It was the constant fear throughout the novel of someone just sitting down at any given moment that set me on edge..... you didn't know who, where, or when it could hit. And no one could figure out why.
I didn't mind that the story just seemed to 'fizzle' out.... there wasn't really a conclusion, but I liked that.... sometimes things just end. Not everything is wrapped up in a bow and sometimes there are no happy endings.
This is such a great book and really made me think and reflect. I had heard so much about this book but as soon as I started reading, I couldn't stop.. Beautifully written and poignant. Would highly recommend.
I have quite a few mixed emotions about this book. It instantly gripped me, but it went in so many different directions than what I was expecting/anticipating/hoping for.
I think that the author writes characters beautifully; each person was so inherently themselves and as such easily recognisable. Some characters were instantly likeable, some grew on you and unfortunately some definitely lost their sparkle over time.
I found the narrative to be quite jumpy in places; with no real distinction between past/present, but I loved the multi person perspective, as it is a really effective way to learn more about people / shared situations.
I am disappointed that we didn't get an answer as to what was causing the mass incidents. I also feel frustrated with the way the book ended. I couldn't help but feel that so many people deserved a lot more; and I would have liked an epilogue to see how Emory & Andrew reacted to the news about Yun.
I found the story really interesting, really easy to read and it was different to anything I've read before. Some of the plot points were very poignant and touching, and I think that many different forms of love were talked about and experienced within.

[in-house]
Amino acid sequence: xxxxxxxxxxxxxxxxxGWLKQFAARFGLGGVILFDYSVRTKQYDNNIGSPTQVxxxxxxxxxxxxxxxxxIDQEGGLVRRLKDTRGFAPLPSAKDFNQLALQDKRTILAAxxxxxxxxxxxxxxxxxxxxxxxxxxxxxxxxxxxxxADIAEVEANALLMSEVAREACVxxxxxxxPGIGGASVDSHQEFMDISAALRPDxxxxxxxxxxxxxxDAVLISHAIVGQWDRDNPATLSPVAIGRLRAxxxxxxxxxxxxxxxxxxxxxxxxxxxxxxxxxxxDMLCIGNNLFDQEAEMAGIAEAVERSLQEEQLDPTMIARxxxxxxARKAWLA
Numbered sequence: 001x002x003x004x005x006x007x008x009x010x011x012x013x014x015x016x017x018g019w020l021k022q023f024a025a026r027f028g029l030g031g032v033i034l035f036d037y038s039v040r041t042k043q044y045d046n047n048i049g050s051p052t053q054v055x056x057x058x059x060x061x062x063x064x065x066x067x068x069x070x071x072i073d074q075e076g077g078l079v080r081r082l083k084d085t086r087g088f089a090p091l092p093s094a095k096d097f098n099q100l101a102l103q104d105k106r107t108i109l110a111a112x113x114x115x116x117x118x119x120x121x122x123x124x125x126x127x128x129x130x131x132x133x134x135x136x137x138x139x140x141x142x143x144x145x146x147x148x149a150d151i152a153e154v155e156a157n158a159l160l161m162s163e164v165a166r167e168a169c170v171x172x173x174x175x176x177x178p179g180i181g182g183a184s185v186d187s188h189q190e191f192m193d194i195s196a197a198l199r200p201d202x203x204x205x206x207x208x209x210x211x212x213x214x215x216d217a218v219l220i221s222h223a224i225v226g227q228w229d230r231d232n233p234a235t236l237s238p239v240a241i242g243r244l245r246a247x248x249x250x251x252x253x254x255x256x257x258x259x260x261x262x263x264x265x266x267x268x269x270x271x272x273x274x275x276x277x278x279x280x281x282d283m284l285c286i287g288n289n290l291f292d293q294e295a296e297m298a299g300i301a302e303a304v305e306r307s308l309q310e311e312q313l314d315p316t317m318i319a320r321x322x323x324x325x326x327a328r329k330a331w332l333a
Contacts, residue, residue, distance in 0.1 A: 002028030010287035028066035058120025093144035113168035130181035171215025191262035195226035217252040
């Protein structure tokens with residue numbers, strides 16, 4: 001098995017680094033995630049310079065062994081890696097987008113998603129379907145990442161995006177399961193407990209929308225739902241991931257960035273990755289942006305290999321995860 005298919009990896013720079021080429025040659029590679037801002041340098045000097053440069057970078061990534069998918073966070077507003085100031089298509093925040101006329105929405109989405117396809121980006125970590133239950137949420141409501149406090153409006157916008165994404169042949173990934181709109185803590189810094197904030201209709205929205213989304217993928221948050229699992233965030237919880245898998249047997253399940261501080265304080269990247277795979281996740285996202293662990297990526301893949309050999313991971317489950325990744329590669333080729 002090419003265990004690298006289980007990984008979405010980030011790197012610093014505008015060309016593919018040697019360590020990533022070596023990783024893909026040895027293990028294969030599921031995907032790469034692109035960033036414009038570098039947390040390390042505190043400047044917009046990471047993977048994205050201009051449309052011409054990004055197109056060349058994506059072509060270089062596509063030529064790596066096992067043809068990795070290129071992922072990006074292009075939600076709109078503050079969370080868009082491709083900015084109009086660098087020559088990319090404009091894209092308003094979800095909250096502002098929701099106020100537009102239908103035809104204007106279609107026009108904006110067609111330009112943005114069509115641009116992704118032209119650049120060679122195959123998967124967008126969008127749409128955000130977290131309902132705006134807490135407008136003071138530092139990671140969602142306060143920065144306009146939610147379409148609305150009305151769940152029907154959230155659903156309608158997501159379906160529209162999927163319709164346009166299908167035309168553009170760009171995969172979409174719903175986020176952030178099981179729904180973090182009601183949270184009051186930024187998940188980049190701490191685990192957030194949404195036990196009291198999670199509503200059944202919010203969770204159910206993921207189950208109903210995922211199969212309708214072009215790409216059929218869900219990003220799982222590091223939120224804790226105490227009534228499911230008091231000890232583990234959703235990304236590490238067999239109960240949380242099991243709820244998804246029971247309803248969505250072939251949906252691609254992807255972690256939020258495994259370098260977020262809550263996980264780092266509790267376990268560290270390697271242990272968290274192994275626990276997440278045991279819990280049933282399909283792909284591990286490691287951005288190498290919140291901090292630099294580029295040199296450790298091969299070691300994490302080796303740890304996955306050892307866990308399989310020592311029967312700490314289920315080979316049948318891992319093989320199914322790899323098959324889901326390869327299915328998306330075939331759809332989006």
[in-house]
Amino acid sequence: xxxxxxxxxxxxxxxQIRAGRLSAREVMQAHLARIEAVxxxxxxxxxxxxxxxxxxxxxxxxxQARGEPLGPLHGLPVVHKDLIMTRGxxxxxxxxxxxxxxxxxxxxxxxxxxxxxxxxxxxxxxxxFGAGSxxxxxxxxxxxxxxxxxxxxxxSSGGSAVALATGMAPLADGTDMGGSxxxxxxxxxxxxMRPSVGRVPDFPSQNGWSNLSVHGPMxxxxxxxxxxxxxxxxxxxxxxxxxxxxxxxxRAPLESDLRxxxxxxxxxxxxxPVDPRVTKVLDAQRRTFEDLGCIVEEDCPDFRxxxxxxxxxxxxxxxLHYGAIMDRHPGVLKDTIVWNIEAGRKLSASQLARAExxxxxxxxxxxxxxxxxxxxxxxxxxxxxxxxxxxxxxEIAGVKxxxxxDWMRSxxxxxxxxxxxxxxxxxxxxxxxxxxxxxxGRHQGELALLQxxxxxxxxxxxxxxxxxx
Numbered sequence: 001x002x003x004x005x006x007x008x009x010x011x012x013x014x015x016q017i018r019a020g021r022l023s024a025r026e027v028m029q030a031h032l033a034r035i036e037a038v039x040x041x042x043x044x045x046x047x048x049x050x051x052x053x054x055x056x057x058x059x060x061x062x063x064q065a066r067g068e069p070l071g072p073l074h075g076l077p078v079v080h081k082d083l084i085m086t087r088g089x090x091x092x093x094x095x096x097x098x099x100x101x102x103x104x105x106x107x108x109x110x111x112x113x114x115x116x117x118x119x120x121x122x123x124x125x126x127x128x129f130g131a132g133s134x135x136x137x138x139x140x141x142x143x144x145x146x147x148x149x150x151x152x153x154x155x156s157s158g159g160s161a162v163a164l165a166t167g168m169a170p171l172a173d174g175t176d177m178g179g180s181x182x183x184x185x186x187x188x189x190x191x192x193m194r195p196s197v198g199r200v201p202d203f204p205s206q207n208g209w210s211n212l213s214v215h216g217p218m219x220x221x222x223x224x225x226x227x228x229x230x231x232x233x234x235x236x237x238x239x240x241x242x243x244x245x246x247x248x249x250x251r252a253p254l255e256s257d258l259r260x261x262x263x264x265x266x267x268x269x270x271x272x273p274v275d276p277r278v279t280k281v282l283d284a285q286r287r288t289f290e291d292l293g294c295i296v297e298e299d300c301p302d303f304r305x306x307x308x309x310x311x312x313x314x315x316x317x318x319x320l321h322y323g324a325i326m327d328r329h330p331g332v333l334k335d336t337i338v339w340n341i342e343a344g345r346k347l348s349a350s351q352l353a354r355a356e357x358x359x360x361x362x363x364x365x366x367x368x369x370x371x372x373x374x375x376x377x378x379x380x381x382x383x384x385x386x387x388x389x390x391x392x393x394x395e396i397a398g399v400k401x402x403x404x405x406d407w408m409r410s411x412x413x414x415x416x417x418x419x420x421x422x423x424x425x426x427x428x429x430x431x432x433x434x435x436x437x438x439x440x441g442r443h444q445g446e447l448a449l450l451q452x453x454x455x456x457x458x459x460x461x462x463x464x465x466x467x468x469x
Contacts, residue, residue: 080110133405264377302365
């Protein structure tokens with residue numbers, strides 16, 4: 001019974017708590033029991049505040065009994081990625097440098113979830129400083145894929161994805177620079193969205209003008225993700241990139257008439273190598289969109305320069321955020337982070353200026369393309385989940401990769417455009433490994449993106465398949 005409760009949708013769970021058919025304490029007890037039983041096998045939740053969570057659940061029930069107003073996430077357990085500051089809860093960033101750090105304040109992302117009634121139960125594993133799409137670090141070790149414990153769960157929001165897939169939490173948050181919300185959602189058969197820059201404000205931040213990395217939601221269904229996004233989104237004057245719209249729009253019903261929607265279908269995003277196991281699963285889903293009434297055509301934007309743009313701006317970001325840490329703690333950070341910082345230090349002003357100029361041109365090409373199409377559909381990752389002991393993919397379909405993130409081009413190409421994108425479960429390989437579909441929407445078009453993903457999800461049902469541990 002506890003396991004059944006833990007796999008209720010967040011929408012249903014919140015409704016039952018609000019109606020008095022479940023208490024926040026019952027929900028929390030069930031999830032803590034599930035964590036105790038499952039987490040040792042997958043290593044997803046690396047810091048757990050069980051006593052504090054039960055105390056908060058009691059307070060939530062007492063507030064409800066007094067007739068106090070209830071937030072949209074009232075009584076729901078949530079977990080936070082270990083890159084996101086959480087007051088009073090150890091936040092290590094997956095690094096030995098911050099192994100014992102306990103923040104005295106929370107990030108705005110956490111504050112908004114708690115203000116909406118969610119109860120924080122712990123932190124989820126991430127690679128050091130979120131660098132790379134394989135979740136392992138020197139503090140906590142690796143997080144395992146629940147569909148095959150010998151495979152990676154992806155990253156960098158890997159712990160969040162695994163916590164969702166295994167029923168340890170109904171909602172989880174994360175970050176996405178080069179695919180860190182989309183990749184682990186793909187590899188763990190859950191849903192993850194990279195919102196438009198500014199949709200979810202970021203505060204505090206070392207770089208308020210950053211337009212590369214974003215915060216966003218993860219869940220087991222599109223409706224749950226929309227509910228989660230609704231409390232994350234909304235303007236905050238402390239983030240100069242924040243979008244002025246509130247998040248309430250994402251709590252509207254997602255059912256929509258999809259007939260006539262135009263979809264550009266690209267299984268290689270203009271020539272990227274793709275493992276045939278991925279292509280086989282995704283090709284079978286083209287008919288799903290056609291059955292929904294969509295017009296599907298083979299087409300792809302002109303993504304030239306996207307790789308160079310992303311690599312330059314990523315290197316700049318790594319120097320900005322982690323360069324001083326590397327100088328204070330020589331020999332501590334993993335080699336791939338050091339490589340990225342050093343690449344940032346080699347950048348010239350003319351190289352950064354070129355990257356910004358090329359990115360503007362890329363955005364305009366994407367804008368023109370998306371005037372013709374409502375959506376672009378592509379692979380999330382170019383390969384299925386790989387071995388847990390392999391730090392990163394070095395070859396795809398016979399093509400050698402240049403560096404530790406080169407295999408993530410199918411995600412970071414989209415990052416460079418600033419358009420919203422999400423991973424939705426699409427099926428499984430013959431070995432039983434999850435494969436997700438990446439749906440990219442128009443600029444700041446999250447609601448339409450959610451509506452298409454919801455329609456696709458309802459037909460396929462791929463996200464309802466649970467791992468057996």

I can appreciate the many merits this story has and how well it was written, but because I wanted so much more for the characters within, and because I wanted more answers for myself, I've decided to give this 3 stars.
This is actually a difficult book to review.
Based on a deadly pandemic, the premise is not too difficult to believe. What is billed as a ‘mental health’ pandemic, the book focuses on the impact of the sickness on the main characters. Many of the characters are self-obsessed and completely unlikeable, which made it difficult for me to feel any emotional connection to them or the novel.
I found the book to be a slow burner with no real ‘hallelujah moment, however, it was a solid read with a difference. I am not sure how to categorise it. It’s not quite dystopian, not sci-fi, more of a contemporary fiction.
Are you happy now is perfect for fans of Sally Rooney. I finished this book in 1 day and I can't wait to see what else Hanna Jameson writes next.
"Yun and Emory fall into an intense romance, and then don't let go.
Andrew is clinging to his marriage but knows he's lying to himself.
Fin can't resist ruining things until he meets the right person."
It sounds like the same old same old twenty to thirty something drama, right? And in some ways, it is. But the backdrop to this is a worldwide event that could signal the end of everything. So, does anything really matter anymore? Or did it stop mattering already, and that's why people are just sitting down and checking out of their own existence?
Don't expect answers here. No one is trying to solve the problem or find a cure for what seems to be an epidemic of ennui. Instead, life goes on, bills still need to be paid, couples fall in love, argue, and split. Babies are born, and people die. And anyone could be the next to sit and die.
This book feels uncomfortably close to the truth. We've a whole generation who can't afford a home, rental or mortgage, have crap access to health care, and are inheriting a planet that is basically screwed. Add to that, many of them are choosing not to have families. So take away our only actual biological reason to exist, i.e., procreate (sorry, but that's the only reason for any living thing to exist) and not have anything to replace it. Is it any wonder people would just give up? Sorry, millennials and Fen Z, us Gen Xers really should have got the boomers under control. But we just couldn't be bothered!